Qualified Nutritionist’s Expertise with out a Hospital Stay 

While the issues with the Affordable Care Act are too numerous to count, it does have a couple ideas that are heading in the right direction.  The Act is attempting to reduce medical expenses by making us healthier with preventative care.  This goes over and above covering a trip to the doctor in the hopes it might prevent a trip to the Emergency Room.  The opportunity to see a Dietitian (RD) or Certified Nutrition Specialist (CNS) is looking like a greater possibility for more of the population.  Insurance coverage for a visit for diet counseling was once reserved only for those with diabetes or kidney disease.  If you happened to be in the waiting line for gastric bypass surgery, you got to see one too.  For the rest of us, unless our insurance was ahead of the curve and had started to see the benefit of preventative care, you weren’t going to see a Dietitian or qualified nutritionist unless you had made an unfortunate reservation for a few days stay at your local hospital.

 Insurance covered Advise

This appears to be changing, according to healthcare.gov.  All marketplace plans now have to provide free coverage (no co-pay and no deductible) for diet counseling, for those with chronic diseases and now obesity iStock_000021963698Smallscreening & counseling. It certainly is no longer limiting those services just to those with diabetes, renal disease, or high cholesterol.  While the website does not indicate exactly who may provide these services under Obamacare Plans, the new Medicare/Medicaid bill proposes that a qualified nutritionist or Registered Dietitian will be among the prescribing team.

Prevention is Cure

The allure of being able to counsel patients before they are diagnosed with a chronic disease is incredibly exciting for dietitians, nutritionists and should be for the population.  Prevention of disease through healthy eating is the very backbone of the nutrition field.  It is far easier to prevent an illness, than to repair the body after the illness has already set up shop.  The possibility of helping patients/clients to make changes that prevent the development of high cholesterol, insulin resistance, and cancer up until now seemed more like a fairy tale.  The services had always been available, but were difficult to afford, and thus most individuals did not elect to pay out of pocket for the expertise.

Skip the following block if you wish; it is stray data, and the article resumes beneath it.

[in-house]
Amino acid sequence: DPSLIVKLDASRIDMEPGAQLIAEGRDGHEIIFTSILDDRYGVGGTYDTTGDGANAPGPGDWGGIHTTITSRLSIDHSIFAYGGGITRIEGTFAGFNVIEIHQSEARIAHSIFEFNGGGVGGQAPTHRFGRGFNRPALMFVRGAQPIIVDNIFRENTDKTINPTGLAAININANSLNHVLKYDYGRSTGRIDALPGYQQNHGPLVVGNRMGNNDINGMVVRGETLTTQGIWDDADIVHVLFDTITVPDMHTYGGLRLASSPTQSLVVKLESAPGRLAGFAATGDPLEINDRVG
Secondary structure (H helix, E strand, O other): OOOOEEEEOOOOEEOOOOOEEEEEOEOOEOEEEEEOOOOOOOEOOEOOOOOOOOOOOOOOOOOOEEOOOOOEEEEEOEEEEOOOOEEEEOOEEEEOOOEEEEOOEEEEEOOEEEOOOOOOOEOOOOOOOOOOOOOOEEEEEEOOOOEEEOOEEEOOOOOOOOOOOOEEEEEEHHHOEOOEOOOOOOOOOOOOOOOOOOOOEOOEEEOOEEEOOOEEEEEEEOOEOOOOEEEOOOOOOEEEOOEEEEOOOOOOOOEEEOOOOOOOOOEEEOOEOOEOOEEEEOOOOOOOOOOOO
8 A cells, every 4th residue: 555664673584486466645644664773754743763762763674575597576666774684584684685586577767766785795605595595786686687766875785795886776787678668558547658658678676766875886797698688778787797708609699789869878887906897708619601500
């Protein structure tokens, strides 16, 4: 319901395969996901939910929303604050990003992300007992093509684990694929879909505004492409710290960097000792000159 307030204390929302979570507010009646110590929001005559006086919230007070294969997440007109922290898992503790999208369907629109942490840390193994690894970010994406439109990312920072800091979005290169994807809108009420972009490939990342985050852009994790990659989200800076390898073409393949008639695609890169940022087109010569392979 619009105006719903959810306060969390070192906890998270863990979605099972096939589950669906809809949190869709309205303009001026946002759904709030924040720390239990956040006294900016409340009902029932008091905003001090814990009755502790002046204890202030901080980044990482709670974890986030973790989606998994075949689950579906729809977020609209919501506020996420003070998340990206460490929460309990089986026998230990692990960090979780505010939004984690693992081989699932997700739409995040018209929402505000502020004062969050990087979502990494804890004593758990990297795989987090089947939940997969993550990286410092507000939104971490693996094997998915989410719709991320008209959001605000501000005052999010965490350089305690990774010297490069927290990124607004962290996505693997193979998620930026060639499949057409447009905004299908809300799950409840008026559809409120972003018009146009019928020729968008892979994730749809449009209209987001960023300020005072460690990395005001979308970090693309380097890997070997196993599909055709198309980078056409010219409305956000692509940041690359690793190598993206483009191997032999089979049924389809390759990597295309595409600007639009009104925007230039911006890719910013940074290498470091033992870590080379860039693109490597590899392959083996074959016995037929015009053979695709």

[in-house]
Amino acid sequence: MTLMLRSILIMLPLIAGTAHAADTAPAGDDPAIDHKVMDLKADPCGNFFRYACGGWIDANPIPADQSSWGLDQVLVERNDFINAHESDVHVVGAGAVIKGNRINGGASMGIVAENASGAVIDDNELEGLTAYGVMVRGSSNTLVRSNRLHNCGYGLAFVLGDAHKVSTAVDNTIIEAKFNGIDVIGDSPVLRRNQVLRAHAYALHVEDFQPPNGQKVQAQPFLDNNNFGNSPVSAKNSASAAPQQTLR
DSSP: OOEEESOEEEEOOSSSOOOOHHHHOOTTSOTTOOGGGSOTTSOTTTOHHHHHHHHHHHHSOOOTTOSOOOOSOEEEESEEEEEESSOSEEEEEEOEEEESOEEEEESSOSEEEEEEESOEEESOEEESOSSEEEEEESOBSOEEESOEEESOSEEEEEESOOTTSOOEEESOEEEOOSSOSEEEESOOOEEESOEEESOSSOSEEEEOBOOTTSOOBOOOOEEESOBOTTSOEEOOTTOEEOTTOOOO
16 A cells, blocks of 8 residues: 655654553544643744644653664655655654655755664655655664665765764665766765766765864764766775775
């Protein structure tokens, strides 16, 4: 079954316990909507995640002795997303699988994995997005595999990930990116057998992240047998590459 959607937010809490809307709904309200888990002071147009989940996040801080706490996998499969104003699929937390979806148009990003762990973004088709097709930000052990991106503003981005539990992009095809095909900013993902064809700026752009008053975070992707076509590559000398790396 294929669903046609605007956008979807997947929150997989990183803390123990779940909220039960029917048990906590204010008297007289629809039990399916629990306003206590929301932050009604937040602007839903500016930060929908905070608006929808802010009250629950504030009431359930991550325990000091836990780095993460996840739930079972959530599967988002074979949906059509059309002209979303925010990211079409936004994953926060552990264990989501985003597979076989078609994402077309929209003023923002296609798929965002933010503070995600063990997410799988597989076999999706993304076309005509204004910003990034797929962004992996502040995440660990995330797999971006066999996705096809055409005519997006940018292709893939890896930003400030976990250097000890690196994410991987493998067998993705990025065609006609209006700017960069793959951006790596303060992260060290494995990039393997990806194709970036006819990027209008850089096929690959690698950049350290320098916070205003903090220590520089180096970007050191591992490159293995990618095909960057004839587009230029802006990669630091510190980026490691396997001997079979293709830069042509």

So we now have the ability to seek help for weight conditions and preventative diets that will increase longevity and improve our quality of life.  But will people use this service?  It is unfortunate, but many will not.  It seems that even those who are diagnosed with a nutrition-related disease do not wish to make an appointment for help, so imagine how many people who aren’t sick will be clamoring to sign up.

 It’s scary and intimidating, and you feel ashamed of how you’ve been eating.  Who wants to expose that to a stranger?  A nutritionist isn’t in the business of judging and they don’t take pleasure in raking you over the coals for food indulgences that you already know were not the best choices.  The nutritionist is there to teach you how foods behave in your body.  They want to help you reach your goal (i.e. longevity, weight loss, weight gain, weight maintenance, cancer prevention, lower cholesterol, etc.) with food by making small adjustments to the way you already eat.  Most importantly, they want to make you the healthiest that you can be, so they don’t have to see you occupying one of their hospital beds.

Have you been wanting to seek a qualified nutritionist or registered dietitian’s help with your diet but thought you couldn’t afford it?  Maybe you can now.

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